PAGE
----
I wonder if A.A.Attanasio has even been discussed in Extropian circles. I personally consider him the best science-fiction and fantasy writer ever, and many of his themes are typically extropian.
One of his most recent novels, *Centuries*, which I personally consider one of the ten greatest novels ever written, is a history of the third millenium, from the point of view of several pivotal characters: Ellen Vancet, a scientist from the research team that created the anthrofacts, a group of genetically engineered metasapient humans; Rafe Von Takawa, the less intelligent of these anthrofacts, or "metas", and the hero of the novel; the Machine, an artificial intelligence which later adopts a human form...
The book is perhaps the most visionary novel I have read, its only competitors
being other books written by Attanasio himself. Its characters are all
immortals, many of them are metasapients, and the settings range from Earth to
the Moon, Mars and Jupiter's moons, not to mention a limbo of "waveforms"
(kinds of astral bodies) which Attanasio calls the "tesseract range" (I don't
know whether he coined the term or borrowed it).
I think one of the problems with the fiction books which have been selected in the extropian reading list is that they tend to have been included for their themes and ideas more than for their literary qualities. (Is it because most extropians are scientists with a stunted esthetic sensibility?) But you can get ideas and science in a more rational presentation in non-fiction books, so why go through the tedium of reading poorly plotted novels with flat, boring characters and an execrable style? ("Give us the facts, Ma'am, just the facts.") Novels should be literary, and I don't see the point of reading junk novels just because they deal with issues that are dear to us.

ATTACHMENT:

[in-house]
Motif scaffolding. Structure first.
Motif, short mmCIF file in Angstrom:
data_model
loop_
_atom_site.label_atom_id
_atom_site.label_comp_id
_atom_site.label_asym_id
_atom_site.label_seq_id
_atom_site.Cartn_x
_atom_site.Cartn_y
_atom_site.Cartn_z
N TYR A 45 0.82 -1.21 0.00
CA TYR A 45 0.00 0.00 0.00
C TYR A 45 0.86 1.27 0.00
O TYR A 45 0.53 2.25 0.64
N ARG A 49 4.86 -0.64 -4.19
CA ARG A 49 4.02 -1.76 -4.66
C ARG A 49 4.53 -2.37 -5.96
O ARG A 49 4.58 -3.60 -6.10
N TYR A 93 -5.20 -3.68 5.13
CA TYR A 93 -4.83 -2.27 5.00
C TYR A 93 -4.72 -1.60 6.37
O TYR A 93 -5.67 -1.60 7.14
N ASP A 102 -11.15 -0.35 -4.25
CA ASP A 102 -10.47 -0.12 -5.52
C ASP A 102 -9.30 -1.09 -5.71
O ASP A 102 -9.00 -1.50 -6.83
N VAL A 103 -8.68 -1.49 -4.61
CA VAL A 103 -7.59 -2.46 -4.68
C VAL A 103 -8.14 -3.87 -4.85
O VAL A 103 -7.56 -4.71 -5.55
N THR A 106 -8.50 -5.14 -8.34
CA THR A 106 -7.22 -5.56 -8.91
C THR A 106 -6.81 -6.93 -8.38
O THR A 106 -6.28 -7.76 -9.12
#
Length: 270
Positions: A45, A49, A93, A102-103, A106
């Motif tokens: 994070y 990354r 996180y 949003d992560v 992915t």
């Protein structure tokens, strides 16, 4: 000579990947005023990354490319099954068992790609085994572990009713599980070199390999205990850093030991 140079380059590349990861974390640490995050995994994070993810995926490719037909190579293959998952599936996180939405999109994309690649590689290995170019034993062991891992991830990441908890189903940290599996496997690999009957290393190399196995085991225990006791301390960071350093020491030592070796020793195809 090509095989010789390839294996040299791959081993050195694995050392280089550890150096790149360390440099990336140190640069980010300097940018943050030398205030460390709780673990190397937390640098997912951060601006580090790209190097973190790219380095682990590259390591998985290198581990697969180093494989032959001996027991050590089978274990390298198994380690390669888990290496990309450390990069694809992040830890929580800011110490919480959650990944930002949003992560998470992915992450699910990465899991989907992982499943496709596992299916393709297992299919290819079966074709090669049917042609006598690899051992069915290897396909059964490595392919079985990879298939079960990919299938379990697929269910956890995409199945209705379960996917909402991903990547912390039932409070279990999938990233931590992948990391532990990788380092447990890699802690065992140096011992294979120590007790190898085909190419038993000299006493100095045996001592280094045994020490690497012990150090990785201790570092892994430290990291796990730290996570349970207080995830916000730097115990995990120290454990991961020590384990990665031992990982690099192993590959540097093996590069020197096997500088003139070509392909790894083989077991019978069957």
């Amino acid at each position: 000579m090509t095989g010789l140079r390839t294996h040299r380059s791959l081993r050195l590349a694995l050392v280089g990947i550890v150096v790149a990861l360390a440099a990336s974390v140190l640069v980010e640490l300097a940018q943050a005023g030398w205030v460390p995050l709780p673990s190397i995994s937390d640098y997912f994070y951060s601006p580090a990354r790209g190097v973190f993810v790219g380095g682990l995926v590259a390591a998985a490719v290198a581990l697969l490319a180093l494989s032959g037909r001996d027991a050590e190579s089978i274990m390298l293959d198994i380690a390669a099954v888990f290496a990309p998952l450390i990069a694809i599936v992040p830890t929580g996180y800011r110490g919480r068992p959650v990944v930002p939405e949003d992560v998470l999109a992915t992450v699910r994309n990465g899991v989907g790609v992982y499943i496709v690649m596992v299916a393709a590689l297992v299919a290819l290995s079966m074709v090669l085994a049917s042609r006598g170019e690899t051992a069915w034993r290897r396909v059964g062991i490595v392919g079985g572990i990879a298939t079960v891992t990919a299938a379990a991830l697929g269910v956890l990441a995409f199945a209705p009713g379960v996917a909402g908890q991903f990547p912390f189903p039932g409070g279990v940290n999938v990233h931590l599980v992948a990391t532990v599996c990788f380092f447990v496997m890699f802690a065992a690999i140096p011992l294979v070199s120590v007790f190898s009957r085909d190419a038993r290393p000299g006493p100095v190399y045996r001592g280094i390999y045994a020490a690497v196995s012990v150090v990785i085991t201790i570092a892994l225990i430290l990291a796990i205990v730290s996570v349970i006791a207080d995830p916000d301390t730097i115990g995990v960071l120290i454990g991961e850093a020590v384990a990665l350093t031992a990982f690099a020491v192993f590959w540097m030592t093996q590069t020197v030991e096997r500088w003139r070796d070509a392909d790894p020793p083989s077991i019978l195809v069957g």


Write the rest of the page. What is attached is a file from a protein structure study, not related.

In the original Extropian fiction list, I personally consider Sterling's
*Schismatrix*, Walter Jon Williams' *Aristoi* and Ayn Rand's *Atlas Shrugged*
to be the only three truly great novels. The others are either average or
above average, the worst being *Inherit the Stars* and *The Great Explosion*.
(By the way, why not include Rand's *The Fountainhead*, if superior
intelligence and creativity are actual extropian values?)
For an upgrading of the list, A.A.Attanasio would be a good place to start. I also recommend *Radix*, his first novel, the story of an obese delinquent in a post-apocalyptic world who transforms into a superman. (I have read four other novels by Attanasio, but they were all closer to fantasy than genuine sciencefiction.)
*Centuries* has not been published in the US but is available in an English edition via amazon.co.uk.